Asteroid lights up sky above English Channel as footage shows Sar 2667 asteroid

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The European Space Agency says the meteoroid, Sar 2667 is a sign of the rapid advancements in global asteroid detection capabilities.

A small asteroid has entered the Earth’s atmosphere, generating a beautiful shooting star effect in the sky above the English Channel. The 3ft meteoroid was sighted just before 03:00 GMT, and it is reportedly the seventh time an asteroid impact has been anticipated.

Some social media users were fortunate enough to capture it on camera, with people in the south of England sharing footage of the asteroid, dubbed Sar 2667. The European Space Agency tweeted that it was "a sign of the rapid advancements in global asteroid detection capabilities!"

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A Twitter user @aljibaalu said: “Just saw it and it was magnificent. Came down vertically on time. 2.59. Green like a bright emerald then bright orange really quickly. Absolutely phenomenal view of the #asteroid #sar2667 tonight over the English Channel facing France.”

Another managed to capture the impressive sighting from his location in Surrey. Twitter user @einionyn said: “Although it was very overcast here in Guildford, Surrey, the flash from the #Sar2667 #Asteroid was visible a few minutes ago!”

The asteroid was predicted to "safely strike" the earth’s atmosphere near the French city of Rouen, according to the agency. According to the International Meteor Organization, a non-profit organisation located in Belgium, the object would have entered roughly 4km (2.5 miles) from the French shore, causing a "fireball" impact.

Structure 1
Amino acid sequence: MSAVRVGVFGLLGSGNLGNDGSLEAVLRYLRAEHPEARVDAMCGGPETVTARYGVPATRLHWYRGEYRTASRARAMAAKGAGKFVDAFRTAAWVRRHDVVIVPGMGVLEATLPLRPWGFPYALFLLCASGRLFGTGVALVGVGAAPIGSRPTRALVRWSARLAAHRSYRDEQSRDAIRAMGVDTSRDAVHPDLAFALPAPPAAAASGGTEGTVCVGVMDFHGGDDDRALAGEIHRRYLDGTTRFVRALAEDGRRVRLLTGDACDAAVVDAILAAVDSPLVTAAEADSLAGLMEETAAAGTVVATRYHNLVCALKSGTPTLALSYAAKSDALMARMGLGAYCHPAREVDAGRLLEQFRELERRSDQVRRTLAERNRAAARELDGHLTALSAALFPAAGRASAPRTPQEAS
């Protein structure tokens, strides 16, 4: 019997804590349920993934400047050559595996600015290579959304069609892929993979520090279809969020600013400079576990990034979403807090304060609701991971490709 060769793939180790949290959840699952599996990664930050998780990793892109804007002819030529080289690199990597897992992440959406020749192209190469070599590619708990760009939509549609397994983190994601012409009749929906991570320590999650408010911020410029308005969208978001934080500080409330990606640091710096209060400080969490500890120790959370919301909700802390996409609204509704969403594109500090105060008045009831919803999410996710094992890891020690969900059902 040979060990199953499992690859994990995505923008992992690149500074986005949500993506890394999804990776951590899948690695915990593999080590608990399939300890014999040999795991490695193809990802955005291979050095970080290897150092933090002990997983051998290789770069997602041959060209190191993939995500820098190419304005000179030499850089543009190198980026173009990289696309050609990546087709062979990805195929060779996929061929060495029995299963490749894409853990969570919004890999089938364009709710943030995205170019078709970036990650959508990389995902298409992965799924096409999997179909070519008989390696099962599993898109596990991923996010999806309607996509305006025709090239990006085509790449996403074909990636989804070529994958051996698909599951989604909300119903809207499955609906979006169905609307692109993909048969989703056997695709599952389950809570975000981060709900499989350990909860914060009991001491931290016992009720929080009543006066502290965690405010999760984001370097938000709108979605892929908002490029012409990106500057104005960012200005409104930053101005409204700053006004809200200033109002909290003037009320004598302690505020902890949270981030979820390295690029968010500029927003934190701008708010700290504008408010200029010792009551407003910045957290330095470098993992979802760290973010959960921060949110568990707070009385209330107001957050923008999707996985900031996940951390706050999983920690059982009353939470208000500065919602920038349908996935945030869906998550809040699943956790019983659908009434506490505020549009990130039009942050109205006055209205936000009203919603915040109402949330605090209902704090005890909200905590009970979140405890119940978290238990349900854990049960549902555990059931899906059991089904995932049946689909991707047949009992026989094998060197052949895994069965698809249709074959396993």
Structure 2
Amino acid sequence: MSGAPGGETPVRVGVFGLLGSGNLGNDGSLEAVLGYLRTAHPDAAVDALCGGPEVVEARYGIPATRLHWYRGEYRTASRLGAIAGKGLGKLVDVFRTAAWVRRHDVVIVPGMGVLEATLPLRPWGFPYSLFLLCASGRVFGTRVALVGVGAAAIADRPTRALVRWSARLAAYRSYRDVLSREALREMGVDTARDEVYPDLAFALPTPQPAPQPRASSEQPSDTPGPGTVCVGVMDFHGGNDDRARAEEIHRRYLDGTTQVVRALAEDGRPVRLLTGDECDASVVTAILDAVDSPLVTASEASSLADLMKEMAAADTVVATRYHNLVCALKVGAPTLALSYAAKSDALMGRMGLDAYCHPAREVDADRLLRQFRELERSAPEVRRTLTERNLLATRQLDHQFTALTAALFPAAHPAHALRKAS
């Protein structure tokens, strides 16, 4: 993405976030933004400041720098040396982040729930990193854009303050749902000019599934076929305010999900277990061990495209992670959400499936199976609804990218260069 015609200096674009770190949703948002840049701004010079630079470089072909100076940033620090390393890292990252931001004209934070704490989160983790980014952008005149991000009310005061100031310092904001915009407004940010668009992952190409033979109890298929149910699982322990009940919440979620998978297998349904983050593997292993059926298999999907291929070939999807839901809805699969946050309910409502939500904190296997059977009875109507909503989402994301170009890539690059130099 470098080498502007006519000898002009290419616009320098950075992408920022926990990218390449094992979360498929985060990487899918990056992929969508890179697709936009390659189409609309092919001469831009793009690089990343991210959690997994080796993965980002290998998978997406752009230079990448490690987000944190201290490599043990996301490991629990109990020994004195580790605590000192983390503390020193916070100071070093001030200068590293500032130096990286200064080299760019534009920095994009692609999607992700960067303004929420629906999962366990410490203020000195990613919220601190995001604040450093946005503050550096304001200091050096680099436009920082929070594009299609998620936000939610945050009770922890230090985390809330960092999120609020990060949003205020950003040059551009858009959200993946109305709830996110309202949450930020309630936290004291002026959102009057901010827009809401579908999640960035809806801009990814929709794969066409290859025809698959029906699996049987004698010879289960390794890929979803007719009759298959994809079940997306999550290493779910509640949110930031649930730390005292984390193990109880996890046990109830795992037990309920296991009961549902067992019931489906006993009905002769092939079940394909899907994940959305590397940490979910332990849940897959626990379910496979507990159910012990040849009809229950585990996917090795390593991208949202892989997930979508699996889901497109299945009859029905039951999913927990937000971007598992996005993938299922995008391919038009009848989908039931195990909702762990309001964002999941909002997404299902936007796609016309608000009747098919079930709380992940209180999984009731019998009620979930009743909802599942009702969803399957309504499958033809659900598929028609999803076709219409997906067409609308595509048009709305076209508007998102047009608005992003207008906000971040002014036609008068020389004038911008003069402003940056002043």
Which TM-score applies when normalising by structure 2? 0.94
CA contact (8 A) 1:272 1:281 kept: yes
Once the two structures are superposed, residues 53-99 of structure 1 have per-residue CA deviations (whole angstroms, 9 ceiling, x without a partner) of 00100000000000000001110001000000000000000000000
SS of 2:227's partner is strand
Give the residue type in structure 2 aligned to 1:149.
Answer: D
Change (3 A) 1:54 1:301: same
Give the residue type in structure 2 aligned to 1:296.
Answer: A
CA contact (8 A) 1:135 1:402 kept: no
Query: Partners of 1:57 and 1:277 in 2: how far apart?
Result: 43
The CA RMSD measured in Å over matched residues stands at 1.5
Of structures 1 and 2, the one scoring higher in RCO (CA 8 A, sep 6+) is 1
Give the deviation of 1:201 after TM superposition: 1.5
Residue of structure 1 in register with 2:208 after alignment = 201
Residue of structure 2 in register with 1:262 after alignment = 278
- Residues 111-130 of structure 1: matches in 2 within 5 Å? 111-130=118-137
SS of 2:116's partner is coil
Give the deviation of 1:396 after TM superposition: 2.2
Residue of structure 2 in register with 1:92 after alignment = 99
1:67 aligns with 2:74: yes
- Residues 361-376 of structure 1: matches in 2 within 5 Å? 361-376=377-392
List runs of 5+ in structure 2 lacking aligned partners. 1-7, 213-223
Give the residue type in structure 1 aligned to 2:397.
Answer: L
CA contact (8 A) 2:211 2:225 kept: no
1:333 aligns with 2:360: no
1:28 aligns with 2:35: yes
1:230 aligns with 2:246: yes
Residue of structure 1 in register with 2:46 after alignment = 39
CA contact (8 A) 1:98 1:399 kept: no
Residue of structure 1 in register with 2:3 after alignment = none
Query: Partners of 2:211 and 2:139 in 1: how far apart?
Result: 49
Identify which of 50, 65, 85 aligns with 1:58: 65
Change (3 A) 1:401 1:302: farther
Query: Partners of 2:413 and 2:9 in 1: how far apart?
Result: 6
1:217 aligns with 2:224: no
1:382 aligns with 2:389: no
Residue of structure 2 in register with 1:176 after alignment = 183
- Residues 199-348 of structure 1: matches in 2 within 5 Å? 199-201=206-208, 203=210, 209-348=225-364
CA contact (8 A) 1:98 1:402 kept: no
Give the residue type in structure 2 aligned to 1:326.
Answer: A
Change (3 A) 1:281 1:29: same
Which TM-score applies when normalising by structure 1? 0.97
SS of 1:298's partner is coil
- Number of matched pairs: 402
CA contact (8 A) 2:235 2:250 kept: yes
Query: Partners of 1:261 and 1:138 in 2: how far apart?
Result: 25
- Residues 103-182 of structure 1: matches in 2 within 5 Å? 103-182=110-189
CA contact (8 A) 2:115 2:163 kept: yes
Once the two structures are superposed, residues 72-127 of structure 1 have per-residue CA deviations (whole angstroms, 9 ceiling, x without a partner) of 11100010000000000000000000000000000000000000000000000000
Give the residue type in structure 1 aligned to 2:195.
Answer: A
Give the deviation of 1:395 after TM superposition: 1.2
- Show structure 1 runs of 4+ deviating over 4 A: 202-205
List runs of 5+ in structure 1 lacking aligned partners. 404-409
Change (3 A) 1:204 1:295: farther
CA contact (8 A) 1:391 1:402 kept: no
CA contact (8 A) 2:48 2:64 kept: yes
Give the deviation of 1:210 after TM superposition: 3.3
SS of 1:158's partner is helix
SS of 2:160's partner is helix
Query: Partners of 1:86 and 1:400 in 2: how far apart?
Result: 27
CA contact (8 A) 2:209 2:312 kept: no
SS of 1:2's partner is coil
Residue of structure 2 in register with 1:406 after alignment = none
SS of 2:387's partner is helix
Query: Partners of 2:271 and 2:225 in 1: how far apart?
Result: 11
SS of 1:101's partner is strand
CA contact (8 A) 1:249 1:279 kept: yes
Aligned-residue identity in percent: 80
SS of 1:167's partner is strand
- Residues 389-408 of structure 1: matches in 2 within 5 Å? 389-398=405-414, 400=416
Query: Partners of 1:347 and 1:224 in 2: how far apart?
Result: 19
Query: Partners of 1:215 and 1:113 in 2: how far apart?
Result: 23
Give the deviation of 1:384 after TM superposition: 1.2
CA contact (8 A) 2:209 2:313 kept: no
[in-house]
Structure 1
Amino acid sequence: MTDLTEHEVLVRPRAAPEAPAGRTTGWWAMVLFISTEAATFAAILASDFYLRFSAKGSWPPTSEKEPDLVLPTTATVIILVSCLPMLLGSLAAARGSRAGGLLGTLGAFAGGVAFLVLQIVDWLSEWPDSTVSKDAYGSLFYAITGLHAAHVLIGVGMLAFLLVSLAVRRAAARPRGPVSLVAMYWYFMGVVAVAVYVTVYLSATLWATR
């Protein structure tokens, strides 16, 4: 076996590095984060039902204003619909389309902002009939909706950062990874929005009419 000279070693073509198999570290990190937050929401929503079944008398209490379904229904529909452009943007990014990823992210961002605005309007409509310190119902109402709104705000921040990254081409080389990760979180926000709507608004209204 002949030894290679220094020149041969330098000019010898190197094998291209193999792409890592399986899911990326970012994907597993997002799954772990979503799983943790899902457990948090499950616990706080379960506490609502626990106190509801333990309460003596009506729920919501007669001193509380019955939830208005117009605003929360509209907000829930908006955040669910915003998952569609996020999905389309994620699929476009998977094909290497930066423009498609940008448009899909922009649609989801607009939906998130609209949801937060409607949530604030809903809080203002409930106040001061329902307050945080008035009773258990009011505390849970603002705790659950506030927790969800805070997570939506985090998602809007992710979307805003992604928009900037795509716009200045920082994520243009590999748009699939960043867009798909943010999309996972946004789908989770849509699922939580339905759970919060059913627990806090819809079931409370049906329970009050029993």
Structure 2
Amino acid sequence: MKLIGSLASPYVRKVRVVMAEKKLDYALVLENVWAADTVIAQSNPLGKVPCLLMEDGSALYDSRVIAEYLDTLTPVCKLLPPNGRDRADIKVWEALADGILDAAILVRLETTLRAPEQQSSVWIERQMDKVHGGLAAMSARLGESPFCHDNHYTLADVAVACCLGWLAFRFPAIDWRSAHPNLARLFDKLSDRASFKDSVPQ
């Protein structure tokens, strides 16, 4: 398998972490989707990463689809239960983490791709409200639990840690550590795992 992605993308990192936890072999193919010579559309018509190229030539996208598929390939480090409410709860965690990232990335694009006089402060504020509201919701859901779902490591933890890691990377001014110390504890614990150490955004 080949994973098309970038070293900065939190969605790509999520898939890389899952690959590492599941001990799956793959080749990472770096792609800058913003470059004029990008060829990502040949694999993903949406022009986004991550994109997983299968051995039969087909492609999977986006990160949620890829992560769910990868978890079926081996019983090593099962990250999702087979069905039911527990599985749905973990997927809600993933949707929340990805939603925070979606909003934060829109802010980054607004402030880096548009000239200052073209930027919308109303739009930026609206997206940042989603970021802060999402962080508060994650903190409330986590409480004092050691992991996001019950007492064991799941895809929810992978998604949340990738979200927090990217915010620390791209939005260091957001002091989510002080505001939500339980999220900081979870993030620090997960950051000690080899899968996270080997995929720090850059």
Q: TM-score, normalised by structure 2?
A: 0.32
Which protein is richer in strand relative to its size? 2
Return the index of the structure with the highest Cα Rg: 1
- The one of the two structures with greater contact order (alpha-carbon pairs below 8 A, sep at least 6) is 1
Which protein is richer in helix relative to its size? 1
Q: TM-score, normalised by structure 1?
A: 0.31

Sar2667, a metre-diameter asteroid, was scheduled to collide with the French city of Le Havre at 02:59 UTC. Asteroids are tiny stony objects that orbit the sun and are sometimes referred to as minor planets.

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Authorities are aware of around 1.1 million asteroids, while the total number is thought to be significantly higher. According to the European Space Agency, around 30,600 are in an orbit that puts them close to Earth’s.

In November of last year, an asteroid scheduled to reach the Earth’s atmosphere was observed in the sky above Ontario, Canada. Meanwhile, an asteroid the size of a minibus was on a collision course with Earth in January. In fact, the rock would have likely fragmented high in the atmosphere prior to impact.

Experts in asteroid detection are most concerned about "goldilocks asteroids," considerably larger space objects that might do catastrophic harm to Earth if they collide. NASA stated in October that its effort to alter the path of an asteroid had been successful.

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